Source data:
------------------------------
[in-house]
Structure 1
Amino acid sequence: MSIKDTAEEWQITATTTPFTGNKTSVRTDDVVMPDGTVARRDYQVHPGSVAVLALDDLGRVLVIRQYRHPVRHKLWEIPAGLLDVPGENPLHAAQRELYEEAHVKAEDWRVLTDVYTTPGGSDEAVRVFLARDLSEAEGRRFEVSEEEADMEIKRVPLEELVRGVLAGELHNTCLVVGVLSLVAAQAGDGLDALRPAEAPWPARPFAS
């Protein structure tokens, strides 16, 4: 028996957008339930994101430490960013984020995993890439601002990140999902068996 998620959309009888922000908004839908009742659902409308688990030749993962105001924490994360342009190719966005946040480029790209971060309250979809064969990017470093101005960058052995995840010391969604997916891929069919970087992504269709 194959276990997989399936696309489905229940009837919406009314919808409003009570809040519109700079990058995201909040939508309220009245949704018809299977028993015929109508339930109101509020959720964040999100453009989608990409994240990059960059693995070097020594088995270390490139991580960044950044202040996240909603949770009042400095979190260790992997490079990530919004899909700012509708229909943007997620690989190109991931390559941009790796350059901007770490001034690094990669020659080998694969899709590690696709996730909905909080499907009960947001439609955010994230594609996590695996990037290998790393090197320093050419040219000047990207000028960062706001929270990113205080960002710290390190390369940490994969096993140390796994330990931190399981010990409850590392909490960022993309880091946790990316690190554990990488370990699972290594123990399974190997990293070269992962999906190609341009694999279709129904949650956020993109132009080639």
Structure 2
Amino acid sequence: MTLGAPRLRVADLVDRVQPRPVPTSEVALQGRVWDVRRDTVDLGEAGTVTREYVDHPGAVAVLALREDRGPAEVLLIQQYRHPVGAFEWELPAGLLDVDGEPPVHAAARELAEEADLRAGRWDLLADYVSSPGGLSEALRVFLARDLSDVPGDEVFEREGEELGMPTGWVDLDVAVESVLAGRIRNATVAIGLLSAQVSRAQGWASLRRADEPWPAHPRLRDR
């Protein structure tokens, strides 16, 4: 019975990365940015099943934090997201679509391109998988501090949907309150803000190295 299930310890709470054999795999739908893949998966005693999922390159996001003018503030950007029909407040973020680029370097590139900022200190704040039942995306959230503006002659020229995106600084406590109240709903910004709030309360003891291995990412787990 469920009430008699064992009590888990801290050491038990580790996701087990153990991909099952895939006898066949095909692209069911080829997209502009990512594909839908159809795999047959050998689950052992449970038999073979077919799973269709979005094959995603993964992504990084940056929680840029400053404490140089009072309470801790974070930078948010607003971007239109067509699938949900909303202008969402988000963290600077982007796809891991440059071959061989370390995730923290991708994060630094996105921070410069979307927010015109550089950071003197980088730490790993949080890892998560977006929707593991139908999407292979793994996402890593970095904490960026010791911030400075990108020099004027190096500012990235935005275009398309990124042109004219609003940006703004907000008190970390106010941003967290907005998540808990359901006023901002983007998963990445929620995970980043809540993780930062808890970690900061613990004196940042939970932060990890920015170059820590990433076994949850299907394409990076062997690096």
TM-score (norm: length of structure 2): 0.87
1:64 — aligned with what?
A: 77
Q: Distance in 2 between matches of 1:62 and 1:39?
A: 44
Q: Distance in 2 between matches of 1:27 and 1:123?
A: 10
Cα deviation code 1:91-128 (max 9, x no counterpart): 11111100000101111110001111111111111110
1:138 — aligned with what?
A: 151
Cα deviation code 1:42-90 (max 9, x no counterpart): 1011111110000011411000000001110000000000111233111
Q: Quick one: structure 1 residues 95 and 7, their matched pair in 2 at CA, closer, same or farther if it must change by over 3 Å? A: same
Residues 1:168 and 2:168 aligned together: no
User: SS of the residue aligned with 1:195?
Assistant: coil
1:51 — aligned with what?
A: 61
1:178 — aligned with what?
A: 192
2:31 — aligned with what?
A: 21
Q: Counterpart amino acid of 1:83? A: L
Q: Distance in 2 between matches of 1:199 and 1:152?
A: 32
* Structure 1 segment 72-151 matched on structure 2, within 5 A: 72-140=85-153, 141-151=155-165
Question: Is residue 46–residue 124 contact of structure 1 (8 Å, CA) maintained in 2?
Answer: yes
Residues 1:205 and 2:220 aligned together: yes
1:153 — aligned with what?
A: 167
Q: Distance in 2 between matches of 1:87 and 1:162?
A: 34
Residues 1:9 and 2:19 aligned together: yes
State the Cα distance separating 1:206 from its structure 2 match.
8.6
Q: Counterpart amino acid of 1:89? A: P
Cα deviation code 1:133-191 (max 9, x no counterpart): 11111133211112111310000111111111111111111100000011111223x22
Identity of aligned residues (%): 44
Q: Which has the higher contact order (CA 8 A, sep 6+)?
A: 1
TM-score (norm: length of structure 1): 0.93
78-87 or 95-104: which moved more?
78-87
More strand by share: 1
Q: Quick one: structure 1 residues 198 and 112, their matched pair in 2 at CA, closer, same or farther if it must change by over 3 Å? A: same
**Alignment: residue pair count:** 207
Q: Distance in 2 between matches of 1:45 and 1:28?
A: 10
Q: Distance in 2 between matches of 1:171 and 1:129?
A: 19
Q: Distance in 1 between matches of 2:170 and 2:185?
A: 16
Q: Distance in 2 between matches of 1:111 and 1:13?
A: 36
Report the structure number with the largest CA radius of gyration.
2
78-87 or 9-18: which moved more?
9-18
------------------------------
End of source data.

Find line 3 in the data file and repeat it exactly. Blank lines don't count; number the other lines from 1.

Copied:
Amino acid sequence: MSIKDTAEEWQITATTTPFTGNKTSVRTDDVVMPDGTVARRDYQVHPGSVAVLALDDLGRVLVIRQYRHPVRHKLWEIPAGLLDVPGENPLHAAQRELYEEAHVKAEDWRVLTDVYTTPGGSDEAVRVFLARDLSEAEGRRFEVSEEEADMEIKRVPLEELVRGVLAGELHNTCLVVGVLSLVAAQAGDGLDALRPAEAPWPARPFAS